Family Based GC Law

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8 CFR Sec. 204.1 General Information About Immediate Relative
and Family-Sponsored Petitions.
 

(a) Types of petitions. Petitions may be filed for an alien's classification as an immediate relative under section 201(b) of the Act or as a preference immigrant under section 203(a) of the Act based on a qualifying relationship to a citizen or lawful permanent resident of the United States, as follows: (Paragraph (a) revised 3/26/96; 61 FR 13061 )

(1) A citizen or lawful permanent resident of the United States petitioning under section 204(a)(1)(A)(i) or 204(a)(1)(B)(i) of the Act for a qualifying relative's classification as an immediate relative under section 201(b) of the Act or as a preference immigrant under section 203(a) of the Act must file a Form I-130, Petition for Alien Relative. These petitions are described in § 204.2 ;

(2) A widow or widower of a United States citizen self-petitioning under section 204(a)(1)(A)(ii) of the Act as an immediate relative under section 201(b) of the Act must file a Form I-360, Petition for Amerasian, Widow, or Special Immigrant. These petitions are described in § 204.2 ;

(3) A spouse or child of an abusive citizen or lawful permanent resident of the United States self-petitioning under section 204(a)(1)(A)(iii) , 204(a)(1)(A)(iv) , 204(a)(1)(B)(ii) , or 204(a)(1)(B)(iii) of the Act for classification as an immediate relative under section 201(b) of the Act or as a preference immigrant under section 203(a) of the Act must file a Form I-360, Petition for Amerasian, Widow, or Special Immigrant. These petitions are described in § 204.2 ;

(4) A U.S. citizen seeking to have USCIS accord immediate relative status to a child based on the citizen's adoption of the child as an orphan, as defined in section 101(b)(1)(F) of the Act, must follow the procedures in § 204.3 . (Added effective 11/5/07; 72 FR 56832 )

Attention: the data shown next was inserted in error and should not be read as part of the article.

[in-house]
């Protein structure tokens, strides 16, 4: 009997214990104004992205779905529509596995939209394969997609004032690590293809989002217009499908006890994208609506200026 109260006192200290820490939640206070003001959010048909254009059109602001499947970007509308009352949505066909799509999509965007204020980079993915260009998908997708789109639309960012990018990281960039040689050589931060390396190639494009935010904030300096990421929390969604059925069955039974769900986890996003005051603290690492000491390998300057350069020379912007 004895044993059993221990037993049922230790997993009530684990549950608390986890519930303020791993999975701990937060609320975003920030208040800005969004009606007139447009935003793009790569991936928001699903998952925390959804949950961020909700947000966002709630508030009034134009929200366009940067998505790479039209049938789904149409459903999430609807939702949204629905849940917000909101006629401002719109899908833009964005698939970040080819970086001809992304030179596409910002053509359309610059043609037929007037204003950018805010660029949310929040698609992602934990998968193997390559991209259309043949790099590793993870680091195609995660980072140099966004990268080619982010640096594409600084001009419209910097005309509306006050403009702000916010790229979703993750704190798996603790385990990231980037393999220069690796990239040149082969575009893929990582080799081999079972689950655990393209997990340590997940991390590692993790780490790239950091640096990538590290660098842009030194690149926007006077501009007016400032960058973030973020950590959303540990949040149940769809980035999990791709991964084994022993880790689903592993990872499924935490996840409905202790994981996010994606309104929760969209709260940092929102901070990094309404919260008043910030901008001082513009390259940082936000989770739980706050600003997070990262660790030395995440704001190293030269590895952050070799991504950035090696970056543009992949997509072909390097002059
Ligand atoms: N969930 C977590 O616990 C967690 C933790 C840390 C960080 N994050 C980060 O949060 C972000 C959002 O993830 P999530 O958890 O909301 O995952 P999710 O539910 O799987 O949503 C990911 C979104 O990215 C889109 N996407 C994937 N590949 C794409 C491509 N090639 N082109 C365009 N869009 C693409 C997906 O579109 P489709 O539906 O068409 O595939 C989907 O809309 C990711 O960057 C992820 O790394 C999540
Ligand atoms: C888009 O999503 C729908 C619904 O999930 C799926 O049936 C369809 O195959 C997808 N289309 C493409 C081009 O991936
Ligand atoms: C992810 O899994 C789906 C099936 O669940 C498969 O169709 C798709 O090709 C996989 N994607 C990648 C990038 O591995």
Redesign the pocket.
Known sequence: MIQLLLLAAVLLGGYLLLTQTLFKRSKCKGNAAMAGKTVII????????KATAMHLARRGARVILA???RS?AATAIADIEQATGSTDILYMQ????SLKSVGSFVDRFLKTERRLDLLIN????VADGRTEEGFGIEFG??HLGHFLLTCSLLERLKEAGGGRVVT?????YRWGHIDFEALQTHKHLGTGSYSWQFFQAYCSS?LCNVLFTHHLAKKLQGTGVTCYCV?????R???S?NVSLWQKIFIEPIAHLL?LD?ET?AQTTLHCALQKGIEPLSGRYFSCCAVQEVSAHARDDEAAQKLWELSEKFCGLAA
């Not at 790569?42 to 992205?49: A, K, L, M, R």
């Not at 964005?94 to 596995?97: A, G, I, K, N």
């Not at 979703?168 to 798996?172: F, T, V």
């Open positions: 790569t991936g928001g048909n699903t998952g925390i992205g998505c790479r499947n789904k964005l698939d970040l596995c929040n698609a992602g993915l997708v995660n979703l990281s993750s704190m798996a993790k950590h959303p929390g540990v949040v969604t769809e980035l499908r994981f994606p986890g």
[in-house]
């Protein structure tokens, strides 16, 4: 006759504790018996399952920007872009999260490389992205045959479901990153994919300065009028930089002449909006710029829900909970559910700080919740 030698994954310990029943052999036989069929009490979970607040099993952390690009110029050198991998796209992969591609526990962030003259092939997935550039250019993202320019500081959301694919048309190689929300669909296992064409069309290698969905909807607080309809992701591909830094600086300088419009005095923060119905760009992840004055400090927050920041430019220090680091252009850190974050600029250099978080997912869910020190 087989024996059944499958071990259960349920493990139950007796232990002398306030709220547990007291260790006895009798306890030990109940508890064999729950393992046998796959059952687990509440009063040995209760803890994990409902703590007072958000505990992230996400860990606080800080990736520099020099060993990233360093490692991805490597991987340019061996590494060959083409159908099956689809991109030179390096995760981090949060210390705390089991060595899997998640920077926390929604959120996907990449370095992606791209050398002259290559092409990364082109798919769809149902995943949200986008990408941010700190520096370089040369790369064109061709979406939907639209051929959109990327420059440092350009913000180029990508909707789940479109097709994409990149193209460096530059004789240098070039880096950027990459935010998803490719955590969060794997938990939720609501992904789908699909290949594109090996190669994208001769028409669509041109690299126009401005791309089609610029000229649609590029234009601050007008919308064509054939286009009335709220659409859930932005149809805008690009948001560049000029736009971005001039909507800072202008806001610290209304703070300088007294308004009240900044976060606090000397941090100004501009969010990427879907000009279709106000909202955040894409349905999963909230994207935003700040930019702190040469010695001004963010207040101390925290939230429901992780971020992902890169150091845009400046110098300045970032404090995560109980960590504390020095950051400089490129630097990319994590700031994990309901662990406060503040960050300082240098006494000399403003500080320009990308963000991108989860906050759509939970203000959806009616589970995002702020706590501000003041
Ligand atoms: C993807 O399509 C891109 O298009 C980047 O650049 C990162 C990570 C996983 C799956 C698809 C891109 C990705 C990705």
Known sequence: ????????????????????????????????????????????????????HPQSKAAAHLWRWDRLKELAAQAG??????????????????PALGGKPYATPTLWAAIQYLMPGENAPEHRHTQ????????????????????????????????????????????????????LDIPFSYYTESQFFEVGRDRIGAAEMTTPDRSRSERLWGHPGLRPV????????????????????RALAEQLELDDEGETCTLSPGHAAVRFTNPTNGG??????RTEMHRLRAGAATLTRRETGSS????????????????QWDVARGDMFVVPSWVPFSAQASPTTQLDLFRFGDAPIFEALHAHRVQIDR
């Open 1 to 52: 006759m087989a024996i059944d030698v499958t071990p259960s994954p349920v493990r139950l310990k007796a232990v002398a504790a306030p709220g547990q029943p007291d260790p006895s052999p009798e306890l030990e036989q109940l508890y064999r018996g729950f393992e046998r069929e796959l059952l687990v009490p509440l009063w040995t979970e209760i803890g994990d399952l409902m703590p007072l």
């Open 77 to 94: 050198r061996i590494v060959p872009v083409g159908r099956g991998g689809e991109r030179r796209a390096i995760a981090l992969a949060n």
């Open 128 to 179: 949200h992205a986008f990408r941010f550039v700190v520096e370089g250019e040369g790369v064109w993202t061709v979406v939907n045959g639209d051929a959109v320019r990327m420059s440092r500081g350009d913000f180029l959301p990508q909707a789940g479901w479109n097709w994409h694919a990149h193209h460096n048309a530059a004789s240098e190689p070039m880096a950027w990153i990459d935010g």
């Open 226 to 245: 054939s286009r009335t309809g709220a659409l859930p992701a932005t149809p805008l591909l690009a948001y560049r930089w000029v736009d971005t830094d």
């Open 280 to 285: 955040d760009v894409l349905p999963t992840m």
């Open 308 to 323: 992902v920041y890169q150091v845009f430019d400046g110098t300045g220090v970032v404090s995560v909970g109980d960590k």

(5) A U.S. citizen seeking to have USCIS accord immediate relative status to a child under section 101(b)(1)(G) of the Act on the basis of a Convention adoption must:(Added effective 11/5/07, previous paragraph (a)(5) redesignated as paragraph (a)(6); 72 FR 56832 )

(i) File a Form I-800A, Application to Determine Suitability as Adoptive Parents for a Convention adoptee; and

(ii) After USCIS approves the Form I-800A, file a Form I-800, Petition to Classify Convention adoptee as Immediate Relative, as provided in 8 CFR part 204 , subpart C.

(6) Any person filing a petition under section 204(f) of the Act as, or on behalf of, an Amerasian for classification as an immediate relative under section 201(b) of the Act or as a preference immigrant under section 203(a)(1) or 203(a)(3) of the Act must file a Form I-360, Petition for Amerasian, Widow, or Special Immigrant. These petitions are described in § 204.4 . (Redesignated as paragraph (a)(6), previously paragraph (a)(5), effective 11/5/07; 72 FR 56832 )

(b) Filing fee. Forms I-130 and I-360 must be accompanied by the appropriate fee under 8 CFR 103.7(b)(1) .

(c) Filing date. The filing date of a petition shall be the date it is properly filed under paragraph (d) of this section and shall constitute the priority date.

(d) Proper filing. A petition shall be considered properly filed if:

(1) It is signed by the petitioner, and

(2) A fee has been received by the Service office or United States Consular office having jurisdiction.